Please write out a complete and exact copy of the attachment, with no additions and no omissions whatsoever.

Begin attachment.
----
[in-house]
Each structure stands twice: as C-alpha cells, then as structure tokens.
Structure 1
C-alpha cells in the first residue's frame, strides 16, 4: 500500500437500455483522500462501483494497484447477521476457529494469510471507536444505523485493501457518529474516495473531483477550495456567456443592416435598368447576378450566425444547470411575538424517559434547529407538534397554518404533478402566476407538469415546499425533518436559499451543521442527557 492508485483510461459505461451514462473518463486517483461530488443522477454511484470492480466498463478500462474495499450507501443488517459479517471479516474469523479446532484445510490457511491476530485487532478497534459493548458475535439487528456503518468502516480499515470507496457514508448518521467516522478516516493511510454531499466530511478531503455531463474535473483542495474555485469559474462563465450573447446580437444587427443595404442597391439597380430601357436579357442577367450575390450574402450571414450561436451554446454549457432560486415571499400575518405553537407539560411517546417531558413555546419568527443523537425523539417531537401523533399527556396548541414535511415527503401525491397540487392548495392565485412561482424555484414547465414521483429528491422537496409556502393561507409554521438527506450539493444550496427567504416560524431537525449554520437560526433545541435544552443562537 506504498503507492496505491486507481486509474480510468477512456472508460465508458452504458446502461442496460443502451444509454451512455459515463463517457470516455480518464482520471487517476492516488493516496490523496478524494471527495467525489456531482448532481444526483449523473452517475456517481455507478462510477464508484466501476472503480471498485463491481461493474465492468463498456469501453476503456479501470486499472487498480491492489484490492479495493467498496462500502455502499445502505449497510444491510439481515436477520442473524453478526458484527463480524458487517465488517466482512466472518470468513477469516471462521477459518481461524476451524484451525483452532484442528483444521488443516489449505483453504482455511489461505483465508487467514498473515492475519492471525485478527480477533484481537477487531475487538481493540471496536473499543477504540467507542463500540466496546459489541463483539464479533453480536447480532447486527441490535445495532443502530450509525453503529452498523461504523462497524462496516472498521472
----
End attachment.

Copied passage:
[in-house]
Each structure stands twice: as C-alpha cells, then as structure tokens.
Structure 1
C-alpha cells in the first residue's frame, strides 16, 4: 500500500437500455483522500462501483494497484447477521476457529494469510471507536444505523485493501457518529474516495473531483477550495456567456443592416435598368447576378450566425444547470411575538424517559434547529407538534397554518404533478402566476407538469415546499425533518436559499451543521442527557 492508485483510461459505461451514462473518463486517483461530488443522477454511484470492480466498463478500462474495499450507501443488517459479517471479516474469523479446532484445510490457511491476530485487532478497534459493548458475535439487528456503518468502516480499515470507496457514508448518521467516522478516516493511510454531499466530511478531503455531463474535473483542495474555485469559474462563465450573447446580437444587427443595404442597391439597380430601357436579357442577367450575390450574402450571414450561436451554446454549457432560486415571499400575518405553537407539560411517546417531558413555546419568527443523537425523539417531537401523533399527556396548541414535511415527503401525491397540487392548495392565485412561482424555484414547465414521483429528491422537496409556502393561507409554521438527506450539493444550496427567504416560524431537525449554520437560526433545541435544552443562537 506504498503507492496505491486507481486509474480510468477512456472508460465508458452504458446502461442496460443502451444509454451512455459515463463517457470516455480518464482520471487517476492516488493516496490523496478524494471527495467525489456531482448532481444526483449523473452517475456517481455507478462510477464508484466501476472503480471498485463491481461493474465492468463498456469501453476503456479501470486499472487498480491492489484490492479495493467498496462500502455502499445502505449497510444491510439481515436477520442473524453478526458484527463480524458487517465488517466482512466472518470468513477469516471462521477459518481461524476451524484451525483452532484442528483444521488443516489449505483453504482455511489461505483465508487467514498473515492475519492471525485478527480477533484481537477487531475487538481493540471496536473499543477504540467507542463500540466496546459489541463483539464479533453480536447480532447486527441490535445495532443502530450509525453503529452498523461504523462497524462496516472498521472